Anderson Cooper, a high-profile television journalist in the U.S., is best known for his direct questions, his uncompromising commitment to getting to the truth of what is going on, and his deep compassion for the human condition. As a co-host for the recent Mindfulness in America Summitin New York City, he was interviewed by Karen May, Vice-President for People at Google. Giving us a rare glimpse into the personal Anderson Cooper, he shared some of what he has learned in his remarkable journey and who he strives to be. The highlight of the interview for me was when he spoke of seeing with soft eyes.
Cooper defines seeing with soft eyes as “not allowing your eyes to be hardened by what they see, and viewing everything as nonjudgmentally as possible.” He grew up learning about loss. His father died when he was ten years old. Eleven years later, his older brother committed suicide. Throughout his journalism career, he has been drawn to people who are navigating profound loss, whether through war, humanitarian crises, violence in society, or through personal tragedy. He continues to put himself in places where, in his words, humanity is happening.
Navigating life today can get overwhelming. When humanity is happening – when we witness or feel the raw emotion of the human experience – sometimes we don’t know how to cope. In the moment, it might seem easier (or emotionally safer) to shut our feelings down, to harden our gaze, to walk away from our hearts, and just push on through. We do whatever we have to do in order to get through the situation.
Yet does that really serve us? What if we could be present – really present – with soft eyes?
The more we shut down feelings, the more disconnected we become from ourselves, from the people around us, and from life. We become hardened to the human experience. Our rational mind tells us that we are protecting ourselves. If we don’t feel – if we stay away from the heart – then there is no conflict and no pain, right? We tell ourselves that we can avoid messy interactions and protect everyone involved from uncomfortable or inconvenient emotions. If we disconnect, we can make the tough decisions and push through until we get the result we want.
Yet we don’t notice the deeper consequences. We don’t notice that disconnecting is becoming our habit – our coping mechanism. And we don’t notice how much energy it costs us to keep the walls up around our hearts.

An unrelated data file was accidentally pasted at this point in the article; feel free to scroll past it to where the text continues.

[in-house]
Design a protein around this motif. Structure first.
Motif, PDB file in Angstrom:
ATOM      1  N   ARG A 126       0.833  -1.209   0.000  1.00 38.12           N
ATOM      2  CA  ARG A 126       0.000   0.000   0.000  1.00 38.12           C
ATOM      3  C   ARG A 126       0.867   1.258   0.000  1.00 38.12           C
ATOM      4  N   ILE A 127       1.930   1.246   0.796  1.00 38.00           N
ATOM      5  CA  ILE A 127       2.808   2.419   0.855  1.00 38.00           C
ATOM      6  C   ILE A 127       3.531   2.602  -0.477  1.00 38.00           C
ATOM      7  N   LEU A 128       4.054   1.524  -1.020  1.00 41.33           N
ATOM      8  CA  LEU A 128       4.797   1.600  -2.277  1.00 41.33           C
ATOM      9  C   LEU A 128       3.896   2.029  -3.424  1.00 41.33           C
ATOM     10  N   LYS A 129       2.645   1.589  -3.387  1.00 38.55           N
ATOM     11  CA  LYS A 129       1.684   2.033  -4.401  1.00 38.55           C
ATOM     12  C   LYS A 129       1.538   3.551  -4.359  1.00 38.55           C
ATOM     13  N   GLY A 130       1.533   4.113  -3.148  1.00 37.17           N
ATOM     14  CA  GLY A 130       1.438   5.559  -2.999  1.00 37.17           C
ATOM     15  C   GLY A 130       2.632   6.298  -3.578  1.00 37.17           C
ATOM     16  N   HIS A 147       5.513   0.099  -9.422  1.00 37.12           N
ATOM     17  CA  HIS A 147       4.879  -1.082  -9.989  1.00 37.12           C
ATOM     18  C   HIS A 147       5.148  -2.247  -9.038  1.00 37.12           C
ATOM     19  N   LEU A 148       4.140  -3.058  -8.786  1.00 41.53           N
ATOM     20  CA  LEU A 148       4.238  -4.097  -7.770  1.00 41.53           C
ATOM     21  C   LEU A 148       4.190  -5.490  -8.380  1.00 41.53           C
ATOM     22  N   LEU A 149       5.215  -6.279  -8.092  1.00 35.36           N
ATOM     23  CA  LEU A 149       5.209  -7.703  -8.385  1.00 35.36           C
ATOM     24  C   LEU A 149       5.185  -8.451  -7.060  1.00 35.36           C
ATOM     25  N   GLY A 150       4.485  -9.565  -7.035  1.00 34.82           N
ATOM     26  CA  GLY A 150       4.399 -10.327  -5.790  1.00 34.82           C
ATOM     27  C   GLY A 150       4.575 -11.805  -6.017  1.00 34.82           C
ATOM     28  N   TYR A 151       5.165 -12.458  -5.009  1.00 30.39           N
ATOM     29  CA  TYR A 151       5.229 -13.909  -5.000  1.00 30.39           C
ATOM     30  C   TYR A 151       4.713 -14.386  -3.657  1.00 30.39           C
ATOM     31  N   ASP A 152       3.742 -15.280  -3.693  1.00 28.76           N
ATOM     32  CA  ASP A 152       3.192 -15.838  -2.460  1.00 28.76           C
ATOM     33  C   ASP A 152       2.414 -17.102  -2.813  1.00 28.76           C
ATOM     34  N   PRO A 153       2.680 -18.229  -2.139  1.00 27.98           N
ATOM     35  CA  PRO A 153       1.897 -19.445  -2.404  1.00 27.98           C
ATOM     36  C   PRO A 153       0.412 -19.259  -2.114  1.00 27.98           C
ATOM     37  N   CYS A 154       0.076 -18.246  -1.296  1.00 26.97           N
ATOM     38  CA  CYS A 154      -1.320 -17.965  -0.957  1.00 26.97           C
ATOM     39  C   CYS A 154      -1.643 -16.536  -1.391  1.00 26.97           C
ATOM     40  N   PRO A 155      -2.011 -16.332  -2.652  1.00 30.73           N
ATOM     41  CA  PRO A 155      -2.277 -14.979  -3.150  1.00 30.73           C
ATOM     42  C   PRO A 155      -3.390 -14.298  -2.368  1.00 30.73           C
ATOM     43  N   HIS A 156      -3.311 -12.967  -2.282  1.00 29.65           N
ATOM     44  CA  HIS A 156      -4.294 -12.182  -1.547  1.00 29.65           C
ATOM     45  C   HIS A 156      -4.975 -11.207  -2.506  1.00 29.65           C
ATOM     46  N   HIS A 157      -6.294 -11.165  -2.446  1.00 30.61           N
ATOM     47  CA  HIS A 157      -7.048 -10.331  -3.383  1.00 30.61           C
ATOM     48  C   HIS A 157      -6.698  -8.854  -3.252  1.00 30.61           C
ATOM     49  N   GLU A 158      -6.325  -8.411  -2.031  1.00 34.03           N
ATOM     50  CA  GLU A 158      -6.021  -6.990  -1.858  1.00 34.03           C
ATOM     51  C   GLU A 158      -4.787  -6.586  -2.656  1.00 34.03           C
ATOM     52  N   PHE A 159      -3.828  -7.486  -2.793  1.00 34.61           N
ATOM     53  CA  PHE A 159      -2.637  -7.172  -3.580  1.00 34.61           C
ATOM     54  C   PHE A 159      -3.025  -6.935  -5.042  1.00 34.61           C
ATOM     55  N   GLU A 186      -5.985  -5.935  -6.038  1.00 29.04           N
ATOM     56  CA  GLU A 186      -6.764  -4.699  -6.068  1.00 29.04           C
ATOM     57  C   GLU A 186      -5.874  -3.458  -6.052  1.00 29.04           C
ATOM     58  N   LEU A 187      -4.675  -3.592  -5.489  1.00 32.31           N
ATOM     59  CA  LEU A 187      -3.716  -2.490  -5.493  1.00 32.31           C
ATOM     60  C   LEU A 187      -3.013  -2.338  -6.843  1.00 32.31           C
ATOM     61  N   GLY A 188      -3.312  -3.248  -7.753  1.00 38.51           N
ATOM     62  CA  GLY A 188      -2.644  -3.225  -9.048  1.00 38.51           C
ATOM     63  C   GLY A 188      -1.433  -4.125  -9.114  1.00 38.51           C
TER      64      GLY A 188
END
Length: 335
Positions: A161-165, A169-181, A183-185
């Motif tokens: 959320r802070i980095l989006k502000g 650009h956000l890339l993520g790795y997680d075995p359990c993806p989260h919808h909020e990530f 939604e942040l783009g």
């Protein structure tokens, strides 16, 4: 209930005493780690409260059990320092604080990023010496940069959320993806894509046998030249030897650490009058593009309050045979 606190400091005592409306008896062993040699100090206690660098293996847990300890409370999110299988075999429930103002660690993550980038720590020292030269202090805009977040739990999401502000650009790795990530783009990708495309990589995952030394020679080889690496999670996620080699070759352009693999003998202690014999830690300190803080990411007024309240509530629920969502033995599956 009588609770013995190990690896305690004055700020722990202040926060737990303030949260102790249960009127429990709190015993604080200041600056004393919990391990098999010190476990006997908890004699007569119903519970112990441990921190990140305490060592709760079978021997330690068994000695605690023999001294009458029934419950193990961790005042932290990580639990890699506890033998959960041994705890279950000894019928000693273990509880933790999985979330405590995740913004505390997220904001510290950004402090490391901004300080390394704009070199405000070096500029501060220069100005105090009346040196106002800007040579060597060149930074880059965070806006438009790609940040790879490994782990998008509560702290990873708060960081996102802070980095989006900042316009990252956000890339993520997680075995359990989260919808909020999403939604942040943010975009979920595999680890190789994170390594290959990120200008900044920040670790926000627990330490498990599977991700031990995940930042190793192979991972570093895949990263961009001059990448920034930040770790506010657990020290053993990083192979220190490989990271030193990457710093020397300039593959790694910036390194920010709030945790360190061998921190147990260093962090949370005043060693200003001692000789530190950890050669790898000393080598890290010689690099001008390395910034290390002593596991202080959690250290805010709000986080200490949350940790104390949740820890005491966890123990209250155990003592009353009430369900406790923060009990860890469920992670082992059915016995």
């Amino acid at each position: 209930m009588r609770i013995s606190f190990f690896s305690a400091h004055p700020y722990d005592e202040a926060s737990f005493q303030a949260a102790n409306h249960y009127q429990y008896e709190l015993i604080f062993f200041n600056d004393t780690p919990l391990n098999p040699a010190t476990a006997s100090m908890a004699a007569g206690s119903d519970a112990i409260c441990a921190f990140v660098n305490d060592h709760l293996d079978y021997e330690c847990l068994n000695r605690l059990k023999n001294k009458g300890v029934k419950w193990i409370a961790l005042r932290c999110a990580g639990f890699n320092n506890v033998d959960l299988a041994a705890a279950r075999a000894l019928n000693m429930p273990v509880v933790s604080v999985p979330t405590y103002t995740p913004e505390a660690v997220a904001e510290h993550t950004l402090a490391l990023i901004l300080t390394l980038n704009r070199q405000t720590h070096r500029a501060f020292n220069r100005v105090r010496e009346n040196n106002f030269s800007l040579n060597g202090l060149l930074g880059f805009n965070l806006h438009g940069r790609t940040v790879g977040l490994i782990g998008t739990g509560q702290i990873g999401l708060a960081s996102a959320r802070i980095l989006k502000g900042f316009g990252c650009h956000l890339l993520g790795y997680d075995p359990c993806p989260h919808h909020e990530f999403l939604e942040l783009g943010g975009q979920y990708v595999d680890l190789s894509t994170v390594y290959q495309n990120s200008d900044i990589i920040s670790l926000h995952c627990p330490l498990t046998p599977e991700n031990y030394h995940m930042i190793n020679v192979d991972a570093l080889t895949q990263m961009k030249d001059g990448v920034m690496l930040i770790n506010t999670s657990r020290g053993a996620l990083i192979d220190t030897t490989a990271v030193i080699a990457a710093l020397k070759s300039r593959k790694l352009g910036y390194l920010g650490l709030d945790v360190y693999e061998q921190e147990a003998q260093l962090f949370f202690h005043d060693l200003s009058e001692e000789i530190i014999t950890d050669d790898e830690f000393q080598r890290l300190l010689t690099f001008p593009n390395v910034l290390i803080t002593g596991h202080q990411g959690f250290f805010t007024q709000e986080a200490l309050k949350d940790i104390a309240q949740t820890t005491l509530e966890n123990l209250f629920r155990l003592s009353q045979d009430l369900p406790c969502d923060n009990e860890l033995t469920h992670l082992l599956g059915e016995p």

Closing off our hearts and keeping the various aspects of our personal lives and work in little compartments comes with enormous cost. It hardens our vision and perception. It robs us of energy we need for creation and manifestation. It poisons relationships. Every decision and action becomes tainted by our need for protection and our fear to feel. And we lose the “whole-picture” awareness and the wise perspective of the heart.
The irony is, of course, that we are running away from the very part of us that could give us a true sense of clarity, authentic power, strength, and resilience. The heart brings all of the parts of us together into wholeness. Through our wholeness, we are able to access a greater wisdom. We discover a way forward. We become resourceful.
Whether as individuals, as companies or organizations, or as countries, our authentic power comes from our sense of connection with one another and the world around us. We find that connection when we see with soft eyes – when we engage with life from an open heart and mind, an awareness that everything is in some way connected to everything else, and a willingness to be present and work with whatever feelings arise.
Although things are slowly changing, too often company cultures view this kind of awareness and approach as the “soft skills.”
Yet what if it is only by seeing with the compassion and big-picture awareness of soft eyes – from the wisdom of our hearts – that we can reach our greatest potential? What if the “soft skills” are actually our most authentic and, in fact, most essential “power” skills?
Power with others rather than power over others. Power to be co-creative and innovative. Power to imagine something beyond what we already know. Power to connect the dots and build relationships. Power to transform challenges into opportunities. Power to bounce back when we get knocked down.
It’s through seeing with soft eyes that we can recognize our interconnection with all that is. When our eyes get hard – when we disconnect from the heart – we lose a sense of our interdependentrelationship with the world around us. We stop noticing that other people’s circumstances impact our own. As a society, we make choices and decisions that result in ecosystems being destroyed for the prosperity of a few, wars being fought based on greed and the pursuit of power. Seeing with hard eyes can only create a world where, in the end, everyone loses.
Whether as individuals, corporations, or nations, we cannot afford to disconnect from the heart any longer. We cannot afford to see with hard eyes. Time is of the essence. The enormous challenges we face are messengers asking us to pay attention. We have opportunities every day to make different choices.
Seeing with soft eyes alone will not make everything right in the world. However, it’s a starting point. The more we are willing to feel and embrace the power of the heart in both our personal and professional relationships, projects, and negotiations, the more we can access entirely new levels of clarity and understanding about where to go, who to be, and what to do.
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